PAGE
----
JPrograms
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Joined: Wed Mar 30, 2016 7:42 pm

Using a shift registe

Wed Aug 09, 2017 2:38 pm

Not sure if this is the right place to put this I would like to use a shift register (possibly 74HC595) control some LEDs. I've read multiple tutorials on how to do this, but most are incomplete :( I understand how to wire the LEDs, but am not quite sure how the program works. What I've gathered is that to output a single digit, you set the input pin high or low, then pulse one of the clock pins ( sclk? ) to shift all the bits, and then, after writing all the data pulse another clock pin to write it to the pins.

Is this correct? What clock pins do I use and when?

I would like to program this in Python, using either RPi.GPIO or gpiozero.


Thanks in advance!

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Burngate
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Re: Using a shift registe

Wed Aug 09, 2017 6:05 pm

Shift registers come in many flavours, sipo (serial in parallel out) & piso (parallel in serial out) being the most common.
If you want to use a 74HC595, have a look at its data sheet https://www.onsemi.com/pub/Collateral/MC74HC595-D.PDF

74x595 is serial in, so it needs some method of entering the data a bit at a time.
As you say, you put the first bit on the input pin (pin 14) and tell it it's valid by raising the shift clock (pin 11) - that's edge-triggered, so as long as the data is held steady for long enough before and after that edge, it doesn't matter when you take the clock low again.
Then put bit 2 on the input, and raise the shift clock again.

Having clocked in all the bits, you need to do two things.
The 74x595 has a second register between the shift register and the output pins, so you need to transfer the data from the first to the second. That's where the latch clock, pin 11, comes in.
So raise pin 11 and all the data will be transfered to the outputs.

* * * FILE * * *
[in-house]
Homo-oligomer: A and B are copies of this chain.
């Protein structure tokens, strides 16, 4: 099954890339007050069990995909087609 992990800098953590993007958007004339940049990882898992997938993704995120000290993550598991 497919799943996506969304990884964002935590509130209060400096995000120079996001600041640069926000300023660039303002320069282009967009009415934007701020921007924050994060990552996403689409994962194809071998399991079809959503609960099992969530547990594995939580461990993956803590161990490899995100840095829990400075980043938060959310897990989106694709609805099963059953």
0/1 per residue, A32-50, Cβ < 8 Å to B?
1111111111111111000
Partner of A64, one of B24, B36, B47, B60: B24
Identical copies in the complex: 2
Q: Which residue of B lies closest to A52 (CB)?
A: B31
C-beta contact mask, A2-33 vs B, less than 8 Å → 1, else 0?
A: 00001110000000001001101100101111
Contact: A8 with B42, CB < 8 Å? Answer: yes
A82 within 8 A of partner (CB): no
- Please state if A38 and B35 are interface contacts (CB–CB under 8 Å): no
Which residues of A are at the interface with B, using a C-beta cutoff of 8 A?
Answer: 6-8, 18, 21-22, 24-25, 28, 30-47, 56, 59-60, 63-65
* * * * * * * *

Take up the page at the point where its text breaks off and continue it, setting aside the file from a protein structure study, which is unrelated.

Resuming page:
- Unless you haven't enabled the outputs by pulling output enable, pin 13, low.

JPrograms
Posts: 76
Joined: Wed Mar 30, 2016 7:42 pm

Re: Using a shift registe

Wed Aug 09, 2017 6:22 pm

Could you explain "raising the shift/latch clock"? is that just setting it low and then high again?

So if I want to connect 8 LEDs to the shift register, I could wire it up something like this:

Some GPIO pin connected to input (14)
Some GPIO pin connected to shift clock (11)
Some GPIO connected to output enable (13)
LED connected to each output pin on the register (15, 1-7)

And program it something like this:

Set input (14) to HIGH to transfer a digital 1 to the register, or LOW to transfer a digital 0.
Do this for all 8 bits I want to output, and raise the shift clock (11) after each bit.
Raise the latch clock, which will set all the LEDs to the transferred values.

Is that correct?
Other than raising the clocks I think I understand :)

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Burngate
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Re: Using a shift registe

Thu Aug 10, 2017 10:29 am

That looks correct.

Regarding edge triggering, I can do no better than pointing to https://electronics.stackexchange.com/q ... gered-mean
Edge Triggering: In edge triggering the circuit becomes active at negative or positive edge of the clock signal. For example if the circuit is positive edge triggered, it will take input at exactly the time in which the clock signal goes from low to high.
edge.png
edge.png (9.26 KiB) Viewed 112 times
In reality, it takes some time for things to happen, so in this example, the input has to be held constant for some nanoseconds before and after the rising edge of the clock signal.
Also, the clock needs to be low for some nanoseconds before the edge and high for some nanoseconds after it.
According to the table on page 6 of the OnSemi data sheet, those times are around 20 ns if you're powering it from 5v; if you insist on using only 2v those times could be as long as 75ns.
But you're unlikely to be able to make your Pi drive the signals faster than the chip can handle them.

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